VietNamNet Bridge – While many parents send their children to extra classes during the summer holiday, others send their children to the countryside, where they believe the children can have a good time and return to school fresh and full of energy. Not every child is happy about that.
Encounters with nature…
Children in Hai Luu, Lap Thach district in Vinh Phuc province are fishing for small fish for their game-cocks
Every summer, Bich Van sends all three of her children from Hanoi to Nghe An province, where they stay with their grandparents, living ‘near to nature’.
Van related that all the three children return home sturdy, with suntanned skin, after a month’s holiday in the countryside.
Dinh Thang, who also believes that children should not be stuffed with lessons in summer, has sent his children to the countryside too. “Every day, they follow their cousins, running barefoot through the village,” Thang said. “In the countryside, they will learn a lot of things which they cannot read in books.”
Hue, a primary school teacher, said: “I like bringing our children to the countryside. They always ask their grandfather to take them to the fields to see how the cows graze”.
Sending children to the countryside is now considered to be a way of ‘taking children back to nature.’ With this experience, the youngsters will have better knowledge of the living environment, and a higher interest in it. The fresh air in the countryside is good for children’s health.
“Nature proves to be the greatest teacher. From it, children learn humanity” said Dr Nguyen Le Hang from the Vietnam Education Science Institute. Hang is a researcher and mother who has been trying to teaching her children to live with nature since they were small..
Every weekend, Hang related, she takes her youngest daughter to a little farm in Bac Ninh province, where the girl plants seeds, picks vegetables, takes care of animals and watches how insects live. “When a child understands about the life of a bug, it will know how to value even a small life. Watching a tree grow up, feeling the wind, the sunshine, experiencing the change of seasons, the soul of a child will grow milder and kinder,” she said.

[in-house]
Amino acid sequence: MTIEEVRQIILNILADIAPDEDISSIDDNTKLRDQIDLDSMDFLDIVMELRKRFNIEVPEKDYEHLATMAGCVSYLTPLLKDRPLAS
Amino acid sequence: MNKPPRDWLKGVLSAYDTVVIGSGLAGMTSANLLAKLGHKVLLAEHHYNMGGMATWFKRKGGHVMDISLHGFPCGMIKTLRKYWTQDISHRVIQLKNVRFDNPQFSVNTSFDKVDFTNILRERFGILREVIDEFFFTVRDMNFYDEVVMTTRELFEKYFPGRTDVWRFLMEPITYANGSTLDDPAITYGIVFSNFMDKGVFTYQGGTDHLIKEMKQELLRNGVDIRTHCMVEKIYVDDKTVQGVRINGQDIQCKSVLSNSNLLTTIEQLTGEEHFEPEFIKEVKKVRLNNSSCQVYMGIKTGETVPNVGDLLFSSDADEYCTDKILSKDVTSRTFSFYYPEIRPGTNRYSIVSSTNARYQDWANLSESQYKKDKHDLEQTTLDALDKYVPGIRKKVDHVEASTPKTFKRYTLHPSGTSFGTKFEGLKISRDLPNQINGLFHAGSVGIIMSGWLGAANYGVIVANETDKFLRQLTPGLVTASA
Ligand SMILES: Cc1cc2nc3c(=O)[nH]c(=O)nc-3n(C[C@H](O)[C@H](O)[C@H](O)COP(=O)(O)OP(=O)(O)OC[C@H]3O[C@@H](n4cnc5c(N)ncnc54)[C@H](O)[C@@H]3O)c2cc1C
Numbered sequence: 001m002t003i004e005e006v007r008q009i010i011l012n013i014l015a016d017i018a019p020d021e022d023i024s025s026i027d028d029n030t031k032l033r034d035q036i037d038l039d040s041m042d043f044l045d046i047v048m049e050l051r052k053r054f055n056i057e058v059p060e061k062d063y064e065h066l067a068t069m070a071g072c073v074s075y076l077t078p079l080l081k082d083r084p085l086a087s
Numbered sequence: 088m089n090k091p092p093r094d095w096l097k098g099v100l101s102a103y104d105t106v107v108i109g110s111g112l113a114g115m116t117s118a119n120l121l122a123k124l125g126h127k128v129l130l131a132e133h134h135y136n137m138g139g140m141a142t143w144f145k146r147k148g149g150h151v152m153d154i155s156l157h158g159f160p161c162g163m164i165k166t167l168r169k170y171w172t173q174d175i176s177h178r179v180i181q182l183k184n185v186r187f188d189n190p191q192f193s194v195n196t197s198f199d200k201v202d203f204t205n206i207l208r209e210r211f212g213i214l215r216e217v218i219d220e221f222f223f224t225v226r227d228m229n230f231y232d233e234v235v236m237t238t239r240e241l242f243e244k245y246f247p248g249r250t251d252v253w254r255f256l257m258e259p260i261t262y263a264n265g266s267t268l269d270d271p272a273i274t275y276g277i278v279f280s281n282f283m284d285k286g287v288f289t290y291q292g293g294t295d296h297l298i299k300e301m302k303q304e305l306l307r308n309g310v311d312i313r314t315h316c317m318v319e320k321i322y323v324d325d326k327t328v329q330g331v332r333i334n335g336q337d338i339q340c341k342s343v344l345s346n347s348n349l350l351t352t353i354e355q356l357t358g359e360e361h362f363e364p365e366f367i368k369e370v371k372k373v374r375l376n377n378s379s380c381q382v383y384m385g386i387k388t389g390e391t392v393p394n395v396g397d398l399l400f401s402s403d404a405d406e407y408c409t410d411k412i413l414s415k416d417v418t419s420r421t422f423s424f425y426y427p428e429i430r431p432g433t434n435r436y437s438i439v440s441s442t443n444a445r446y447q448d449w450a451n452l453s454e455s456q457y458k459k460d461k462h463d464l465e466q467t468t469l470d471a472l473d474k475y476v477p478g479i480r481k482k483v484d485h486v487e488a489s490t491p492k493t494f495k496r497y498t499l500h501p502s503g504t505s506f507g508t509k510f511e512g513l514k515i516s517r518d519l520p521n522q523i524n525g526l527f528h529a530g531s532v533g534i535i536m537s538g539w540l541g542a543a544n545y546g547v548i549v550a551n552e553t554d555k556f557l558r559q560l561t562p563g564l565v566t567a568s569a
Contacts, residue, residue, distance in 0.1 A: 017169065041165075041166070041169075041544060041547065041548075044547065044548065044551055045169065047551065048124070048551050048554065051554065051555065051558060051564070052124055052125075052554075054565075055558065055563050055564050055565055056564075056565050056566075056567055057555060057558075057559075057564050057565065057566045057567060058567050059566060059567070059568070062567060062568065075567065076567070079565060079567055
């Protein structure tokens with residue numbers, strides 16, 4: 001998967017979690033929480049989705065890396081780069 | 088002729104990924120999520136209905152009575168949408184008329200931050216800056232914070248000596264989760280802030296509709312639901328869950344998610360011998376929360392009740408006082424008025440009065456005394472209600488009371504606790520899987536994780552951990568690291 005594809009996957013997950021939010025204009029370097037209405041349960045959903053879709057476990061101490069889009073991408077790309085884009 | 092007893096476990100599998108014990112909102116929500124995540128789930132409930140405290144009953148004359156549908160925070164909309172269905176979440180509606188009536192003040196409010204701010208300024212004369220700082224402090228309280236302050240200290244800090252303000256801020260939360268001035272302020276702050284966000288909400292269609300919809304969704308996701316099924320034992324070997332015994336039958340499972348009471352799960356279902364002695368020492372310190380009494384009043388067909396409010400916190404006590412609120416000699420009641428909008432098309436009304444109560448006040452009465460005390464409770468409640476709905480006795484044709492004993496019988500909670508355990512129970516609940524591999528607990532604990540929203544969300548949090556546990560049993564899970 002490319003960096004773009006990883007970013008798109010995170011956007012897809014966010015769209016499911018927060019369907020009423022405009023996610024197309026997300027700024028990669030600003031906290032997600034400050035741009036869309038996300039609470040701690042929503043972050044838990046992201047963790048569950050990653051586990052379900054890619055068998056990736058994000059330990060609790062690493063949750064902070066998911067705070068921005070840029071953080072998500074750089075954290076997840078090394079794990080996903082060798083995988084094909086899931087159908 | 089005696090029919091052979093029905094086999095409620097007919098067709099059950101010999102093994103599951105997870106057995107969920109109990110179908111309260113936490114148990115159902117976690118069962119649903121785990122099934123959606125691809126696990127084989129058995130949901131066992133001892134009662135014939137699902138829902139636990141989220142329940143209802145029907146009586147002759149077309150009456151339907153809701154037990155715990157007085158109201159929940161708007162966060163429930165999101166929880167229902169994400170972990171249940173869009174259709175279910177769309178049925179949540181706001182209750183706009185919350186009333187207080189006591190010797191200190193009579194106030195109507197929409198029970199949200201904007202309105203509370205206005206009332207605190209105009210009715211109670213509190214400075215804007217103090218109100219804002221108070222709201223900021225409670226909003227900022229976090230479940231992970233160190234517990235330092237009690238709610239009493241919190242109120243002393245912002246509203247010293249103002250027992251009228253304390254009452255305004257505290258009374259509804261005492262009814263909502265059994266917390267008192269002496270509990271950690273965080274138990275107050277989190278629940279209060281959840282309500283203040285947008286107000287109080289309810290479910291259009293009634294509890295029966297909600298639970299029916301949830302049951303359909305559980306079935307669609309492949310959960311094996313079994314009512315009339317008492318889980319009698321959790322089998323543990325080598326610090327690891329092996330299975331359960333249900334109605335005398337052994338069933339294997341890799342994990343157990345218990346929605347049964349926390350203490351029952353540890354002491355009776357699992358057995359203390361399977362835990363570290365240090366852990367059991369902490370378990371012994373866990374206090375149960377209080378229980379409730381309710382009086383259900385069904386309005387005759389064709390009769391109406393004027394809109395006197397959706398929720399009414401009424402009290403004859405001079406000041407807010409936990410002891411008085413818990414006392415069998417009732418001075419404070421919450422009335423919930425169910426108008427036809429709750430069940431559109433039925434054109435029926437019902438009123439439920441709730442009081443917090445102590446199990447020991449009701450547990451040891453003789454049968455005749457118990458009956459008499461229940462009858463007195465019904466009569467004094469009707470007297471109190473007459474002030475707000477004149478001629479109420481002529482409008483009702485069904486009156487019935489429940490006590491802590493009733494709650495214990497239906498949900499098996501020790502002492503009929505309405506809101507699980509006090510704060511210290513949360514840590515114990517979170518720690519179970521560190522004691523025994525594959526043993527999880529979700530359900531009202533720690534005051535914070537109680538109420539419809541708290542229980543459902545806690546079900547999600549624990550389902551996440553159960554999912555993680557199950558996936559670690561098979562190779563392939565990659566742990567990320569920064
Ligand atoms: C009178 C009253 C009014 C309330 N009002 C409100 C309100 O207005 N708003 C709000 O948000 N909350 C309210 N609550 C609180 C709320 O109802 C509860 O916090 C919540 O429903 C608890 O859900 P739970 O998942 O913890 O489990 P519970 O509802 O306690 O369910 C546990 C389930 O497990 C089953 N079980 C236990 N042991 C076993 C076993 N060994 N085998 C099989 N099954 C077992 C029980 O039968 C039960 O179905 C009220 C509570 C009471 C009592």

In summer, Hue always takes her children to the seaside or the forest. “When children are released into a natural setting, they will have the chance to walk barefoot, a very enjoyable thing that they cannot do in the cities,” she said. “You will not see the results immediately, but you will see this later, when the children grow up and have good characters”.
Its different in the country . . .
Sometimes, things do not go as smoothly as parents hope. Within a few days of going to the country, Bich Van’s son Tho was upset because he could not get used to life in the countryside.
Tho’s grandmother called him from bed ‘too early’ in the morning. He had to have two bowls of rice at every meal, though at home his mother only required him to finish one. Though Tho had many cousins in the village to play with, still Tho felt out of place. Upset, Tho asked to go home because he “missed his parents.”
Another Hanoi father, Phan Anh, related that after a summer holiday, an awkward situation developed. His two children said they ‘hated’ their grandparents because the grandparents set a busy and rigid schedule for them to follow every day.
The children of Dinh Thang told him that it was really ‘sad’ in the countryside. They could not eat fried chicken, pizza or ice cream like at the Italian restaurant where their father took them every week in the city.
Meanwhile, Mai Anh related that her child would not stay in the countryside for more than two days, complaining that it is dirty there and that there are too many mosquitoes.
Duong Thi Quynh Hoa, a psychologist, says that it is quite normal to see children afraid of living in the countryside. A sudden change of the living environment is always difficult at first. Especially small children have physical and emotional needs. Used to life in the city, lots of houses and traffic, when they are suddenly transported into the deserted, tree-filled countryside, many children are scared of ‘ghosts.’ They are afraid to go out to the street, afraid to use the WC, afraid they will get dirty . . . .
Parents should pay attention to these natural fears, Hoa says. If they don’t help to relieve them, of course the children will be uncomfortable. Then, if they have a disagreeable experience at grandpa and grandma’s, of course the children will plead to come home.
She has learned from experience that parents should stimulate their children’s interest, Hoa adds. Before taking them to the country, they can quiz the children about life in the the villages and the people they will meet there. They can show them pictures and explain the things and people that their children may meet when living in the countryside.
The children need to expect that life in the country is different. They need to know how to use bug repellent to keep away mosquitos, and to be careful if they play by a river or lake.
In general, Dr Hang says, every child must change some urban habits in order to feel at home in the countryside – that’s not easy and will take them some time.
Parents that aren’t able to take their children to the countryside can at least start a garden at their own homes, so that the youngsters get some experience growing plants and flowers, taking care of pets. On days off, parents can take the children to parks full of green stuff and teach them how to observe and appreciate living things.
But the best summer holiday of all, says Dr. Hang, is going to the countryside – a place where youngsters can submerge themselves in nature and fill their young lives with new experiences. “That’s not so hard,” she concludes, “if parents will take a little time from work to focus on providing their children an ideal summer.”